Established 1826 — Oldest College Newspaper West of the Alleghenies

The team behind the team: Miami football’s equipment managers

<p>Miami football equipment coordinator Adam Boyer addresses his student team before a mad dash to set up the locker room for Miami’s game against Toledo. Photo by Jack Schmelzinger</p>

Miami football equipment coordinator Adam Boyer addresses his student team before a mad dash to set up the locker room for Miami’s game against Toledo. Photo by Jack Schmelzinger

It’s 2:30 a.m. and 15 Miami students burst out of the loading dock on the east side of Yager Stadium, covered in sweat (much of it not theirs), grime and the shine of an upset win over a big football rival. 

It’s now Sunday, Sept. 17, technically the day after Miami University football pulled off an unlikely win at the University of Cincinnati, Miami’s first win over the Bearcats since the guys (and gal) currently hustling away from the stadium toward their cars were toddlers. 

The players had been let loose hours ago. The football buses stopped at Brick Street on the way home from Cincinnati, and the players poured out and into Oxford’s favorite watering hole, Victory Bell in tow.

The buses continued to Yager where, at that point, the equipment team’s job had barely begun. They would be at Yager for hours more, unloading Miami’s trailer, starting the laundry, getting everything back in its place. 

Finally, their job is finished (or at least the rest can be postponed until tomorrow). Word is out. One of the bars in Oxford is staying open late for the football team after the win. Many of the equipment managers hustle home, shower, change and are able to make it to celebrate for 20 minutes or so before the authorities pull the plug. Then they hustle home, jump in bed and hurry to sleep, for the busiest two work days of their week are fast approaching. 

Such is the life of a college equipment manager.

The Miami football equipment team — a group of 15 Miami students overseen by Equipment Coordinator Adam Boyer and Associate Athletic Director Darrell Hallberg — does so much for Miami football. 

They do laundry. They have two 80-pound laundry drums and one 40-pound one. According to junior student equipment manager Patrick Reaves, it still usually takes two or three loads to finish all the laundry after practices and games.

Photo by Jack Schmelzinger | The Miami Student
Laundry is one of the main responsibilities of Miami's football equipment team.

They order, fit, distribute, maintain and repair all of the equipment and apparel around the team, all while keeping an inventory that’s audited every year. They pack a full-size trailer with equipment for every road game. 

Photo by Jack Schmelzinger | The Miami Student

Miami football’s trailer is packed with jackets, gear, extra gear, a training table, two bikes, fans, 40 footballs and much more for each away game. “We have to be ready for literally anything,” Boyer said.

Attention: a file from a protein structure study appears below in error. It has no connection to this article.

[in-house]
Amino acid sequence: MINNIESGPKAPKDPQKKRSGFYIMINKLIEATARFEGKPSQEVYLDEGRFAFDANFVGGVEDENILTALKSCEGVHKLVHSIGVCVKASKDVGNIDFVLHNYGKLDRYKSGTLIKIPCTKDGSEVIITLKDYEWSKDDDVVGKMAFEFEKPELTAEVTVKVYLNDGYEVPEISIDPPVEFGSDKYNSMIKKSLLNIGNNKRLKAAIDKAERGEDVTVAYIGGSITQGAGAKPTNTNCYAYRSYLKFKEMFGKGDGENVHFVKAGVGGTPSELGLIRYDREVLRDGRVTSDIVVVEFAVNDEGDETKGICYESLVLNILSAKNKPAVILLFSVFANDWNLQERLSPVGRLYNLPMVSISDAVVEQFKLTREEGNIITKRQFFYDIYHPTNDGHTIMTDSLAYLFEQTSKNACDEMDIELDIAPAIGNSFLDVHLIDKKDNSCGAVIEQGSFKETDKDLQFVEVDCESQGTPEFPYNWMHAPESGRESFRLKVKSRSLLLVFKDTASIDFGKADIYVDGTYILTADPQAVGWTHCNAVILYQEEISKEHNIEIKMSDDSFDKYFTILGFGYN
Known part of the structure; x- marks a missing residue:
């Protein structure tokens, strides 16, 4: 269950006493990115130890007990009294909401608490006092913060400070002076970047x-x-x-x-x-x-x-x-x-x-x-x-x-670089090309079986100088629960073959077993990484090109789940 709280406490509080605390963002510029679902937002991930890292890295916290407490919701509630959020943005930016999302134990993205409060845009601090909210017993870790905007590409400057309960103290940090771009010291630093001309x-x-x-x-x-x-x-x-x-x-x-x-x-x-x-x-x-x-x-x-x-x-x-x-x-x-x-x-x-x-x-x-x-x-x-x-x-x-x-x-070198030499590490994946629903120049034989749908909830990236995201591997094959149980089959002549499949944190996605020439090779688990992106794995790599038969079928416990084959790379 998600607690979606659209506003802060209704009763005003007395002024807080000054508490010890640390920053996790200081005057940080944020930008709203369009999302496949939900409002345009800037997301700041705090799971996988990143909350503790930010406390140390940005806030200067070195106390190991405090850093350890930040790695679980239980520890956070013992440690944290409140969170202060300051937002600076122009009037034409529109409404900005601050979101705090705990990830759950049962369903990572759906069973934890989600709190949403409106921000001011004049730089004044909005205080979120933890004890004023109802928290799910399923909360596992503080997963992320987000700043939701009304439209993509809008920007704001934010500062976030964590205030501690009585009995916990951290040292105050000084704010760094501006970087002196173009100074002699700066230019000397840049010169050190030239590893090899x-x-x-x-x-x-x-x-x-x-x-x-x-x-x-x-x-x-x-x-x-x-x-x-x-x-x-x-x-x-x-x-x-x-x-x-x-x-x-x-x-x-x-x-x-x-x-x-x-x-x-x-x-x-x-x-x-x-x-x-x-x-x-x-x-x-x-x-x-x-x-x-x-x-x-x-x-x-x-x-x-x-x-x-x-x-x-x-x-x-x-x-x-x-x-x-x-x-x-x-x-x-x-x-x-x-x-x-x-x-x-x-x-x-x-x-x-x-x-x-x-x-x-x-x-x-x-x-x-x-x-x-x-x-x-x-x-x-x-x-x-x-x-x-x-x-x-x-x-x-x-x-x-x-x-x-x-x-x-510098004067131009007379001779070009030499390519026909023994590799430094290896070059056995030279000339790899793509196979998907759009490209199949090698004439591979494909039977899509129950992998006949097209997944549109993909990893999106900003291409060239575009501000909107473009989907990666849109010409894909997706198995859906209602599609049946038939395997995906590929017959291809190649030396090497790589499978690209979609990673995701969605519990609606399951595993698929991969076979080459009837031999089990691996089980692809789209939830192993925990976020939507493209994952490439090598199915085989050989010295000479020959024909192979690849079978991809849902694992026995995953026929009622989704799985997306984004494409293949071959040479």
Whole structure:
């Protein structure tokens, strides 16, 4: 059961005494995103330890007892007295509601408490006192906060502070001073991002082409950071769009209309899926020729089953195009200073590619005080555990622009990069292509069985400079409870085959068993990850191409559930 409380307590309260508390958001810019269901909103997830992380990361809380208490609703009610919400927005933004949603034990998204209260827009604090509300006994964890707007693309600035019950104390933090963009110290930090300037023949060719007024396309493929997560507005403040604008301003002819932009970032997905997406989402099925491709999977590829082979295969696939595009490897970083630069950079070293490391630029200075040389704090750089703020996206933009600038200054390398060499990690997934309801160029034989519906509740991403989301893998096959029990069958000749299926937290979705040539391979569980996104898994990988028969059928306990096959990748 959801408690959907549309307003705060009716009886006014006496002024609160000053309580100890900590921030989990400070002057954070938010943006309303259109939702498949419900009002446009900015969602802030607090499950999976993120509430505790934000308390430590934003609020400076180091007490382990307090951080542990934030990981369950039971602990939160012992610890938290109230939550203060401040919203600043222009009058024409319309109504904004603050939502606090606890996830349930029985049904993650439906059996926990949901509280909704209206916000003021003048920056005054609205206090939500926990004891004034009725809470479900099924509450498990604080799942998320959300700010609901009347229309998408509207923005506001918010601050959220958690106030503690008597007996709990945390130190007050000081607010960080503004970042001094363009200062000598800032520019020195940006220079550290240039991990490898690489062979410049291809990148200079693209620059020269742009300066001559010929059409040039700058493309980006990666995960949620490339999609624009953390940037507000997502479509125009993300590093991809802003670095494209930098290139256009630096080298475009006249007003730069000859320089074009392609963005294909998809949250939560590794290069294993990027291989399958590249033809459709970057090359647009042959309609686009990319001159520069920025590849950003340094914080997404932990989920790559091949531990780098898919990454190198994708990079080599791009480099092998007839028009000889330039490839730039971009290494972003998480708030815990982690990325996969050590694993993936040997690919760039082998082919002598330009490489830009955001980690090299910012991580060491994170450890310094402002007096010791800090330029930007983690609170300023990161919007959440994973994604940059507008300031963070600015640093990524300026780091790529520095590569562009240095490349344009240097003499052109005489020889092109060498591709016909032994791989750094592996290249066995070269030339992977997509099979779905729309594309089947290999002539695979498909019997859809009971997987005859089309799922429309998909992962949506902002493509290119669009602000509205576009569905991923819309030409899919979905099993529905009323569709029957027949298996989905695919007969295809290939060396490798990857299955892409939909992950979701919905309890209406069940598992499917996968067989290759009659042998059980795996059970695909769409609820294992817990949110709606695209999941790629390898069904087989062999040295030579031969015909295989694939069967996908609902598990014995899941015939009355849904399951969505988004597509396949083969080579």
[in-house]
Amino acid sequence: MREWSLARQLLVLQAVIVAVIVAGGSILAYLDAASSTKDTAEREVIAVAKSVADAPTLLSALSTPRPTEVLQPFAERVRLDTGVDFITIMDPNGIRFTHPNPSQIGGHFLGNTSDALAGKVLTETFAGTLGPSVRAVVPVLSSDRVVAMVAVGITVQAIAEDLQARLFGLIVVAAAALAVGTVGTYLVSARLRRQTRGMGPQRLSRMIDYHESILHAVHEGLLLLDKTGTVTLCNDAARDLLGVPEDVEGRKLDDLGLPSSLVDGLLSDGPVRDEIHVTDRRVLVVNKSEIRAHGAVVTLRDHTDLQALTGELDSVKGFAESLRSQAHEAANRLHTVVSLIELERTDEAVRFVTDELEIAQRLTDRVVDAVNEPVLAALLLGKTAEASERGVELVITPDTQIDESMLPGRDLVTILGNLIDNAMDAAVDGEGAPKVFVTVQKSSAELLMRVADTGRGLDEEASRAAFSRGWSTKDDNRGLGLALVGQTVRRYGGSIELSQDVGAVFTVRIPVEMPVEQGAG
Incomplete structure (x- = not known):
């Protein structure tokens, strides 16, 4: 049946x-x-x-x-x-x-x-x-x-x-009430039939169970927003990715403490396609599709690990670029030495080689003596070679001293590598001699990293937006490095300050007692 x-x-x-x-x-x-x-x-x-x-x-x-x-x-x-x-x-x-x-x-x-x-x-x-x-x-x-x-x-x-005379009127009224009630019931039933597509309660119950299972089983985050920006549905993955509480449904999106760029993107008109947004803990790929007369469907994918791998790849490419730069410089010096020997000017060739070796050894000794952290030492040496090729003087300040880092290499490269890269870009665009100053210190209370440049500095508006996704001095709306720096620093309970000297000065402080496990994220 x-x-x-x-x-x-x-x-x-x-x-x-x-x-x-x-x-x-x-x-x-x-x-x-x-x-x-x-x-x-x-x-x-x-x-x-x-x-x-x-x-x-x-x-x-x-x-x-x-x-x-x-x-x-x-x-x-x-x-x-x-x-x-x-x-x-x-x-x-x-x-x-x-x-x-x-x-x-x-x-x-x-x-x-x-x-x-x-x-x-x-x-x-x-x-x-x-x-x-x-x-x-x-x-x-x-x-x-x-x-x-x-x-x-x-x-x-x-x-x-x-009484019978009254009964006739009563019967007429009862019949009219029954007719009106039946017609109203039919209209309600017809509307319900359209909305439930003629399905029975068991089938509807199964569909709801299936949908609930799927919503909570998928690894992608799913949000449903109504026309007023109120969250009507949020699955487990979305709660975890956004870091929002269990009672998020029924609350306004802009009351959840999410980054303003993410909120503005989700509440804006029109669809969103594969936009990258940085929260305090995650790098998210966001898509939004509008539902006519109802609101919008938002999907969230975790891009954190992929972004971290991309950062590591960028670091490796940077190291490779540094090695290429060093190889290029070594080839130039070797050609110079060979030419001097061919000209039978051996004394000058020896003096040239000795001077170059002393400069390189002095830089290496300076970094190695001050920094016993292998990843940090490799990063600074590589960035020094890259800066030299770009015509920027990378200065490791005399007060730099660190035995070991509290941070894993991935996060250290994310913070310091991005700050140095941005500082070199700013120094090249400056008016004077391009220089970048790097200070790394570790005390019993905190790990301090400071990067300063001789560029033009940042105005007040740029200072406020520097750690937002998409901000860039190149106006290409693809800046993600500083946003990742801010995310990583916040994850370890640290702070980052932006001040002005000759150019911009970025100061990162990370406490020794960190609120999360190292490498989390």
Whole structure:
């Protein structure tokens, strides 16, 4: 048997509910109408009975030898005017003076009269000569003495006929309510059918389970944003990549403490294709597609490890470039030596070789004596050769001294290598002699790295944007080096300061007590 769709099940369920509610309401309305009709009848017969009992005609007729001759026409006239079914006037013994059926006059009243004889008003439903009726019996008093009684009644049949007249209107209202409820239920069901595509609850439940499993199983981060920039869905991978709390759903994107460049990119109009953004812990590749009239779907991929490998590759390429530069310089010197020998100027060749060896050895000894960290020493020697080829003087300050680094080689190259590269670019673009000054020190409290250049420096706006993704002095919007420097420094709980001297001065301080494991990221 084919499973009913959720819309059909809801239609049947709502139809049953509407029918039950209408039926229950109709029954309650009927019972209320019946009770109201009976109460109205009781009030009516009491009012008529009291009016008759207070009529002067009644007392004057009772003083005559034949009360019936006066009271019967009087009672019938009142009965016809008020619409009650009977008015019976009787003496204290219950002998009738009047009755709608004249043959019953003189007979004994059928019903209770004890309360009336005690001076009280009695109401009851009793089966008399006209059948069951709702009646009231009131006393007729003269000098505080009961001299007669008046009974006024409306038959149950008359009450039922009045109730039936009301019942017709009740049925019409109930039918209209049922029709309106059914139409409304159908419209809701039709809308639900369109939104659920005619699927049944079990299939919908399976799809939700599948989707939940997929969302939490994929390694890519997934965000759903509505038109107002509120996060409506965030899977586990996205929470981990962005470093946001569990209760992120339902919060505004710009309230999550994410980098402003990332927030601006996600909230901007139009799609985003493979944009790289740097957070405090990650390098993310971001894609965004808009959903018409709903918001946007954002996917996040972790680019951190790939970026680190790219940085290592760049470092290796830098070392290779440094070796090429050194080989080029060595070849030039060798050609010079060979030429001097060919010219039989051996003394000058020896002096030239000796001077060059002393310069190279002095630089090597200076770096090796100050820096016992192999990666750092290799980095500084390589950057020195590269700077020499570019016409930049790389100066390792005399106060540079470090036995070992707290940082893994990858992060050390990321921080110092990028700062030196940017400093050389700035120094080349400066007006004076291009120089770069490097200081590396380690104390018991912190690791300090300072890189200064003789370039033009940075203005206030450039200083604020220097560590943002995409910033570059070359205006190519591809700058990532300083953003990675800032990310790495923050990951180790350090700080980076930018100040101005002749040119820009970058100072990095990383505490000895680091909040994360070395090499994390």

The equipment team sets up the sideline with all the necessary equipment before the games. They deal with requests from players regarding equipment.

Enjoy what you're reading?
Signup for our newsletter

“For about the first three weeks of the year, [redshirt-sophomore running back] Rashad Amos would come in here almost every day asking for new cleats,” Reaves said.

Photo by Jack Schmelzinger | The Miami Student

The equipment team is responsible for transporting and handling Miami’s CoachComm unit, which allows communication between coaches on the sideline and in the press box. The unit cost $250,000 and weighs 1500 pounds.

The equipment team’s headquarters is located just inside the loading dock on the east side of Yager Stadium. It’s filled with cleats, equipment, apparel and helmets from almost every college team you could imagine.

Photo by Jack Schmelzinger | The Miami Student

The Miami football equipment headquarters contains walls of helmets, equipment and cleats.

Photo by Jack Schmelzinger | The Miami Student

Miami’s game helmets are lined up by number. This week, the equipment team will remove each of those white facemasks and transfer them to Miami’s white helmets for Saturday’s game at Ohio. Right: Often when Miami plays another team, the equipment squad will trade a Miami helmet for one of theirs. 

Ahead of the game against Toledo last weekend, Miami’s equipment team gathered 113 pairs of pants and as many jerseys and warm-up hoodies, then loaded them into the lockers of each player who would dress the following afternoon.

The jerseys and practice hoodies are stored with hangers on two racks. The equipment managers wheel the racks into the locker room and hang each player's jersey and hoodie in his assigned locker. 

They put the pants in a wheeled-bin, separated with towels placed on top of the last pair of each size. Players don’t have their own pants; the managers just wash them all after games and dole them out by size next time.

First-year Spencer Bath tried to carry all the medium pairs of pants at once. He held on to most of them.

Once pants, jerseys and hoodies are loaded into lockers, it’s time to fit each jersey onto the players shoulder pads. That’s what takes the most time.

Sophomore equipment manager Chance St. John checks a row of the Miami football locker room, making sure each stall looks uniform and neat.

After that’s finished, they load all of the equipment that needs to go on the sideline the next day into a hallway near the door out to the field. Finally, they sit down and wait for SDS pizza to come, one of the perks of working with the equipment team.

The next day, Miami would lose to Toledo. Starting quarterback Brett Gabbert went down with what’s almost certainly a season-ending injury. The equipment team would still have to do hours of work following the game, getting everything washed and back in its place, plus starting to pack for next week’s road trip to Athens, Ohio.

“It’s a lot more fun when you win,” Reaves said.